Directed by: Rodrigo Cortes
Cast: Ryan Reynolds
Running Time: 1 hr 30 mins
Release Date: September 24, 2010
PLOT: A contract truck-driver (Reynolds) in Iraq man wakes up after an ambush to find that he has been buried underground in a wooden coffin.
WHO’S IT FOR? Buried is absolutely not for even the adventurous claustrophobics of the world. It’s for moviegoers who like original, thrilling experiences. So that should be everyone, (of age), right?
EXPECTATIONS: It seemed like a gimmick. Ryan Reynolds in a box, talking on a cell phone? But at the same time, I find that even being cramped between masses of people on the subway is an uncomfortable experience. The film’s trailer made Buried look like it would play up on the fear of being stuck in close spaces, but nothing else.
Ryan Reynolds as Paul Conroy: Van Wilder is dead. Reynolds offers an astounding performance that volleys between all expressions of the human emotional system. The script gives Reynolds a type of road map for where the story is going, but the audience’s ability to keep up with the waving speed of the course of events comes strictly from Reynolds.
TALKING: There are about twenty voices off-screen, and all but one of them stay as strictly voices. But by the end of the movie, they have taken on a truly human form. The imagination of the audience is not just used to fill in the gaps of terror in the story, but also to what the people look and act like that Conroy is communicating with.
SIGHTS: For long periods of time, the on-screen action of the movie can be stagnant. Conroy is either on his back, side, or stomach, and he’s mostly using his phone. Wonderfully, the cinematography completely opposes this stagnancy, without violating the audience’s own sense of claustrophobia. Every angle in the filmmaker’s handbook is utilized, with spins selectively used to heighten the madness of a certain situation, and at times indicate hallucination. The easiest visual tactic for claustrophobia, the close-up, is only used in select moments, such as in the beginning.
SOUNDS: Who gets first billing in the opening credits, after the title? The sound mixer. And what a warranted achievement that is. The audience’s imagery of the coffin is brought to fruition not just with visuals but with perfect soundwork, which at time becomes the only sense of tangible terror that the audience can rely on. The score does a decent job of not abusing it’s ability to cue the audience, but in a couple of instances it feels too obviously, and thus slightly hokey. After the film cuts to black, a song called “In the Lap of the Mountain” plays, as performed by Garrett Willis and the Breath-No-Breathers. Co-writer of the song? Director Rodrigo Cortes.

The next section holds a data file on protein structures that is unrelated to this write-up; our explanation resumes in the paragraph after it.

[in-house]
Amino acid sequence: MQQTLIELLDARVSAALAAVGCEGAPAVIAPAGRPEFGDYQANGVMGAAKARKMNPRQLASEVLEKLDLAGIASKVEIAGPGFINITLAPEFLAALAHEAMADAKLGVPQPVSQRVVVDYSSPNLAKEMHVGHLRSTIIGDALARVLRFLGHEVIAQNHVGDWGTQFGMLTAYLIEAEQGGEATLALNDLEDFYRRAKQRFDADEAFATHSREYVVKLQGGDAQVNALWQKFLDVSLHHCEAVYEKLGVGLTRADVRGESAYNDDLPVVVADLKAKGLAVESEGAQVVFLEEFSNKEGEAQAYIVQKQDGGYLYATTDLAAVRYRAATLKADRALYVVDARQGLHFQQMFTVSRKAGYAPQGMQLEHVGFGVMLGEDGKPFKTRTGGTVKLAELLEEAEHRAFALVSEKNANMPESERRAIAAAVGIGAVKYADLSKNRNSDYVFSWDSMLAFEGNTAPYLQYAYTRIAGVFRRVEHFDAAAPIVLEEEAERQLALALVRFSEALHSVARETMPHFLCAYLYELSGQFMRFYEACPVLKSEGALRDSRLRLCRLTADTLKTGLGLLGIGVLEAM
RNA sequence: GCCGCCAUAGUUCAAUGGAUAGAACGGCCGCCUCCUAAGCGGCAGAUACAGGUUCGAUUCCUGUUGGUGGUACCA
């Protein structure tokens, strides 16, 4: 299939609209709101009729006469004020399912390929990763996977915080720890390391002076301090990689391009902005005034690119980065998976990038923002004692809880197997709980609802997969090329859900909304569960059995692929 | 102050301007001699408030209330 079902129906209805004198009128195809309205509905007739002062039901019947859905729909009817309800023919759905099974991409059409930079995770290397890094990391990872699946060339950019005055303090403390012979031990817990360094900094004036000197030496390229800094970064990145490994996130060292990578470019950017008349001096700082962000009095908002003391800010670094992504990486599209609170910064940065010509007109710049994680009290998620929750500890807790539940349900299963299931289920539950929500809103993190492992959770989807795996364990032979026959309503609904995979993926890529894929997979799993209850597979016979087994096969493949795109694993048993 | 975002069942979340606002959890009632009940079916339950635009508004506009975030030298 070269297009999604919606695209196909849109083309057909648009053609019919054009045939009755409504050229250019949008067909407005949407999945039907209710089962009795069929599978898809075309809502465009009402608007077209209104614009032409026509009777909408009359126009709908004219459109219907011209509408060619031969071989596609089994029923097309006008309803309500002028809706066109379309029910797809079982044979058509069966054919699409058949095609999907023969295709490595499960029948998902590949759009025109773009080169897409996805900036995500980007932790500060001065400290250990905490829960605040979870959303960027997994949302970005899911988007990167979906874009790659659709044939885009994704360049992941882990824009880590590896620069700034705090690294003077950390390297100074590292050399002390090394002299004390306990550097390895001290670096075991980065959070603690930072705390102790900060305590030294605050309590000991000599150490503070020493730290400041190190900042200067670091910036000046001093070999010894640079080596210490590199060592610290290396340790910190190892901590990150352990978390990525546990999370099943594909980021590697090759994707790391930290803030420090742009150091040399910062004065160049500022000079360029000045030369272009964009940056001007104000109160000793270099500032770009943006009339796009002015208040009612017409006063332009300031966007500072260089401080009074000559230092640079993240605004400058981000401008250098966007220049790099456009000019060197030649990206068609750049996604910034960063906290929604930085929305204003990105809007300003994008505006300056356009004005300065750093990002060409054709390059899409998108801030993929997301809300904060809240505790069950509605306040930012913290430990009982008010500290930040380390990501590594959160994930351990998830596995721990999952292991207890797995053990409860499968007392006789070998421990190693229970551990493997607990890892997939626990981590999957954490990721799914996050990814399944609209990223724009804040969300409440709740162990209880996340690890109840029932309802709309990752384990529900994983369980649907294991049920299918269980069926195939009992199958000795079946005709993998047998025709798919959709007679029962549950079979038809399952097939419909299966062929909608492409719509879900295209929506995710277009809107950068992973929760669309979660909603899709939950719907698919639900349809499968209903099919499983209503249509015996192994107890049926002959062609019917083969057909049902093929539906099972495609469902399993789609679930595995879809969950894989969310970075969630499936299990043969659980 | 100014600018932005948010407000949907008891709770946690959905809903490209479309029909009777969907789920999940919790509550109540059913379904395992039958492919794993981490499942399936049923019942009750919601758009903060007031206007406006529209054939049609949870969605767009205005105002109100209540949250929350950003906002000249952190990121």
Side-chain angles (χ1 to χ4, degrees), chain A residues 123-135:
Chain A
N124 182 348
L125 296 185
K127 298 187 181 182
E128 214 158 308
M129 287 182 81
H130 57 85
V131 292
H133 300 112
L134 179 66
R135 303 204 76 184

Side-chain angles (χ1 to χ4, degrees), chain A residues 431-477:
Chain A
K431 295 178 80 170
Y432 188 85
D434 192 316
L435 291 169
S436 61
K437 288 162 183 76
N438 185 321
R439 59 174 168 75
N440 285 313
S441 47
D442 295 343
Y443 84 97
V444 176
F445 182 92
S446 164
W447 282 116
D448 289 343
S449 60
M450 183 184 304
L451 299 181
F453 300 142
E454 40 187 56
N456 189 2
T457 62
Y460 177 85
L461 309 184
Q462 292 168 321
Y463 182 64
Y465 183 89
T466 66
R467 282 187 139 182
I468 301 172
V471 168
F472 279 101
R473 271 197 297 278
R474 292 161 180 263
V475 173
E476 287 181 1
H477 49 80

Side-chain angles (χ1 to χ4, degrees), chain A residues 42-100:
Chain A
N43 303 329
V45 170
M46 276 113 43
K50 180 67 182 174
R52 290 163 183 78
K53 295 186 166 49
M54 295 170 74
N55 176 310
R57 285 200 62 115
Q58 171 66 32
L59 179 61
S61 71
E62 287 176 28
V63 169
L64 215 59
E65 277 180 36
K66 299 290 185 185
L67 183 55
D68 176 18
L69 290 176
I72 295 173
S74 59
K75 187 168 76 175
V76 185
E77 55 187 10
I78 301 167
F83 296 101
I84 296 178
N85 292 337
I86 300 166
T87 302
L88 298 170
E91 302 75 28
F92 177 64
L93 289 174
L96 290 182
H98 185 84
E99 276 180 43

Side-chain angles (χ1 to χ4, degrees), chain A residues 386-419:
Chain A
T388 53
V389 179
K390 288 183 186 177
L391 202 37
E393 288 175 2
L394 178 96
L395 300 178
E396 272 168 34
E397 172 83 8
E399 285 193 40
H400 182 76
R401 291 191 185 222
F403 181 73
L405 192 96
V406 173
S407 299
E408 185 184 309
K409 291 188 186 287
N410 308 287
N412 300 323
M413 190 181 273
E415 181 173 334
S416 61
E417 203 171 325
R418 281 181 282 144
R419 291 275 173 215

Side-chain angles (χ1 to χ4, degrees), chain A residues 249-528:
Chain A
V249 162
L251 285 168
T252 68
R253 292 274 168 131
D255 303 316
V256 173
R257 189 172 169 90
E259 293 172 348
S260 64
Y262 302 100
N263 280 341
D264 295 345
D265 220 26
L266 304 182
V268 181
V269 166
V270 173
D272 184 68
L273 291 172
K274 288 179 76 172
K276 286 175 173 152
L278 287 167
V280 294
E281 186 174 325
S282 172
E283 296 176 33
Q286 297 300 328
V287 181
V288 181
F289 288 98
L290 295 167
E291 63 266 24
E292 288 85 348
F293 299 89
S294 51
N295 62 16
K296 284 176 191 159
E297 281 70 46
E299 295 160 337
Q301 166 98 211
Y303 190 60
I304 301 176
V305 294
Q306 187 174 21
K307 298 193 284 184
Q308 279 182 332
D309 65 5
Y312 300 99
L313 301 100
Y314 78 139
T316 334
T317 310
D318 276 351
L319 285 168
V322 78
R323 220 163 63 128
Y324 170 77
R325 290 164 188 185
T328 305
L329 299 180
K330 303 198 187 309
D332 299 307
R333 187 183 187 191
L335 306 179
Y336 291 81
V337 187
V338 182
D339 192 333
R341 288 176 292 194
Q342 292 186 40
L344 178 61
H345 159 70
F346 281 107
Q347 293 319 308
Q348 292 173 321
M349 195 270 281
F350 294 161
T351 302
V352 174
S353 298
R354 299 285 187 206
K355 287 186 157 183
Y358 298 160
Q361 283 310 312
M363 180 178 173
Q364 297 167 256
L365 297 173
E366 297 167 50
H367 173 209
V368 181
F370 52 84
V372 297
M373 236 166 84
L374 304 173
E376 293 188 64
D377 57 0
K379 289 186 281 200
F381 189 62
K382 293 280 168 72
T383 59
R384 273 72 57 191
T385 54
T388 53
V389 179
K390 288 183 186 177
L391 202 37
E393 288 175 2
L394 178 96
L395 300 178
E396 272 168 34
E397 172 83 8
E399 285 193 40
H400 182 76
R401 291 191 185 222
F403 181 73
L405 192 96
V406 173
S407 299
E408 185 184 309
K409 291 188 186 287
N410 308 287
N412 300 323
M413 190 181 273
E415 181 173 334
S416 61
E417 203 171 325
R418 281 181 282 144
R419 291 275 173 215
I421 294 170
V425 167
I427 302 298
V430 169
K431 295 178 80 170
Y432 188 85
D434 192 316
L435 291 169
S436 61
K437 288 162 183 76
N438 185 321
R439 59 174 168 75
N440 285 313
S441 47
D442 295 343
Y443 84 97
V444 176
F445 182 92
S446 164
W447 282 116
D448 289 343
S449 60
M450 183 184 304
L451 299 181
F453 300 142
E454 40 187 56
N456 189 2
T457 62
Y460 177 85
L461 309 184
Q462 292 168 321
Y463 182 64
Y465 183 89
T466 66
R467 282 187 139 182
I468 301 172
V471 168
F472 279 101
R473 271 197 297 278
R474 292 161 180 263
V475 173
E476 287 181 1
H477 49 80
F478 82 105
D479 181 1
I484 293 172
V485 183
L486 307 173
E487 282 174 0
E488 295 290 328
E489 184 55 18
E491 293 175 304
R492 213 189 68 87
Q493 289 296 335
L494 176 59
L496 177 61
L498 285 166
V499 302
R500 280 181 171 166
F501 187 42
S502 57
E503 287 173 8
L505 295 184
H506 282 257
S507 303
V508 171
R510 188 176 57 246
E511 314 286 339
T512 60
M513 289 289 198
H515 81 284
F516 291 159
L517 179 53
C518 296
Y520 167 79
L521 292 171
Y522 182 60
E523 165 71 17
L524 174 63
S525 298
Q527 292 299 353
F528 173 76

BEST SCENE: This is difficult to choose. The peak of Buried’s terror is probably at the very, very end. Try to hold your breath.
ENDING: Some will walk away disappointed … and it’s wonderful. Morrow McLaughlin, I’m looking at you.
QUESTIONS: Is a Blackberry battery that fickle? And who is gonna foot that cell phone bill?
REWATCHABILITY: The horror of this movie is not something you want to experience for a second time soon after the first round. Buried needs to be shaken off before you can venture back into it. The thrills of the movie will likely be best first time around, especially since you’ll never be able to forget the ending.
What’s more disturbing to an audience over serial killers and the paranormal? A really bad day, especially the ones that make us feel like damning bad luck is entirely inescapable. Buried is a gripping piece of low-budget work that expands its weapons against the audience past the idea of claustrophobia. The film understands that a feeling more terrifying than trying to face a scary situation is actually a sense of complete helplessness. On top of that, the selfishness of human nature can be worse as being stuck in a coffin with no air.
Buried is a victory for mental horror against the often-times brainless horror that rely wholly on visuals. It is also an achievement of filmmaking’s top job positions – it has great writing, clever direction, and an impressive performance that all work at the same level. A “gimmick” like Buried could easily fall apart should any of these elements falter. Ninety-minutes after the experience is over, with our minds still stuck in the box, this is certainly not the case.
FINAL SCORE: 8/10